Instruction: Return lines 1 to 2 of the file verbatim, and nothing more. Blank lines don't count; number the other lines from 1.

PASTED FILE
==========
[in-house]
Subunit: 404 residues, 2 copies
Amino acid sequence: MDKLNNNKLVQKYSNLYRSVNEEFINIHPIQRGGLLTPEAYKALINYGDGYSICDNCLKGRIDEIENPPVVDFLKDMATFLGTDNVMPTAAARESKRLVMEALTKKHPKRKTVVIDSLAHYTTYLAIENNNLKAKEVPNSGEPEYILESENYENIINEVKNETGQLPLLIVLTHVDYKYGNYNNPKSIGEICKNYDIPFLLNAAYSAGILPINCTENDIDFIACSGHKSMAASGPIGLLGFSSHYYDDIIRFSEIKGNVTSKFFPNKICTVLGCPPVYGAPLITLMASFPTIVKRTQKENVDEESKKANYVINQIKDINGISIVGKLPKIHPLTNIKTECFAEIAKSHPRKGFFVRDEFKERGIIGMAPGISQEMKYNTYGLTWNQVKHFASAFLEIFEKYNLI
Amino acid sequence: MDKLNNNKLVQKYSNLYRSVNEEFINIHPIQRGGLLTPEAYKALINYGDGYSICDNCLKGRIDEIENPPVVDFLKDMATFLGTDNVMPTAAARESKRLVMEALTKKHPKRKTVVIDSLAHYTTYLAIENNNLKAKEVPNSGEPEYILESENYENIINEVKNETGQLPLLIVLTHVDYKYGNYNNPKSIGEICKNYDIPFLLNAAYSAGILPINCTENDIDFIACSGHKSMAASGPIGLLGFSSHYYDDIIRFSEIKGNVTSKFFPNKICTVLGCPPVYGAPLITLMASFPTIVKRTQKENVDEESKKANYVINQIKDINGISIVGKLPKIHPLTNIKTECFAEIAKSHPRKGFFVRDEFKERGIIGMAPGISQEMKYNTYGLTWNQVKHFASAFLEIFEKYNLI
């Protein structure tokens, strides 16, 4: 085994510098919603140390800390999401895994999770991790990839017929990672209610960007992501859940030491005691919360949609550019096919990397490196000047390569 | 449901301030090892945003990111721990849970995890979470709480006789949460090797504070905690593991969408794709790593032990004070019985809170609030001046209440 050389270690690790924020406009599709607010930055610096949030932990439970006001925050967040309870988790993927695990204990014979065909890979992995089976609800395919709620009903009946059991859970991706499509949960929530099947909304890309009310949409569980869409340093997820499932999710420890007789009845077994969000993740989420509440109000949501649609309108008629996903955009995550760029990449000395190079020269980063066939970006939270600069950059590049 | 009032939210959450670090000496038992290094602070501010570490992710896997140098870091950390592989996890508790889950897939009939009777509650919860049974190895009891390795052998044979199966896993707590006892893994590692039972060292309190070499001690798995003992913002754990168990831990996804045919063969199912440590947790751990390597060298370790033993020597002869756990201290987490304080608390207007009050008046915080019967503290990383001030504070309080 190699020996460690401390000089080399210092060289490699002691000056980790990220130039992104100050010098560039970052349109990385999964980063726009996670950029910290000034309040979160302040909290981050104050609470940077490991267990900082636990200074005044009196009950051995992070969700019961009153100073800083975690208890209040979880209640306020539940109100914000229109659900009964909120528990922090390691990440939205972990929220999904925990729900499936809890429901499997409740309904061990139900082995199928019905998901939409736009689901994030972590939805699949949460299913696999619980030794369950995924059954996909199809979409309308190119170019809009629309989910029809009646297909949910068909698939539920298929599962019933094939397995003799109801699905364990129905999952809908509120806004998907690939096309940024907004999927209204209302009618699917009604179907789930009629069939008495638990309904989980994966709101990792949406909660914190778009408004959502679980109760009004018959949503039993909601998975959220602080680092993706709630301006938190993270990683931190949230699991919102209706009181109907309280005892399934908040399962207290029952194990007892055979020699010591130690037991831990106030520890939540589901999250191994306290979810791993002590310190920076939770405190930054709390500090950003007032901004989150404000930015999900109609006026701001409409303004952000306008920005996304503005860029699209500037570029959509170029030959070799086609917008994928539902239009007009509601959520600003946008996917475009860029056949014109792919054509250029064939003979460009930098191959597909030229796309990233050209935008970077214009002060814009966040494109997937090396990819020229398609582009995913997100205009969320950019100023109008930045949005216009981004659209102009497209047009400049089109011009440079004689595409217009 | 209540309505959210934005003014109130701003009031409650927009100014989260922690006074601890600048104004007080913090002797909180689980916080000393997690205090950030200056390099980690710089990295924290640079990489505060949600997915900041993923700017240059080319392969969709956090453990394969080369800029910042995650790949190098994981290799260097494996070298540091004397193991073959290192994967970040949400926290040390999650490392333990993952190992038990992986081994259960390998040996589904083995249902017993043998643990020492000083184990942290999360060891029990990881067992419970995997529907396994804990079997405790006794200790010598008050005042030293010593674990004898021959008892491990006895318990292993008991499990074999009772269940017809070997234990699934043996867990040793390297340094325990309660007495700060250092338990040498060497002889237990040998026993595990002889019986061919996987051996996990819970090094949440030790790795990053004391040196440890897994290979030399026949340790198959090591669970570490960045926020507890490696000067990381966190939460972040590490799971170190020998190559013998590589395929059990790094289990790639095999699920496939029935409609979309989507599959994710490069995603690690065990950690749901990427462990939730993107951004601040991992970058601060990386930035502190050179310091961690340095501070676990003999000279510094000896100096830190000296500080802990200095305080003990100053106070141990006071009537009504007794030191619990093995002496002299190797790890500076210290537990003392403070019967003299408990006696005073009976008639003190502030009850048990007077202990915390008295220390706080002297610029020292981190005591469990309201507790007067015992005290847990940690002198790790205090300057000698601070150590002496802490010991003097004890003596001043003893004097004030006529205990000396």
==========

[in-house]
Subunit: 404 residues, 2 copies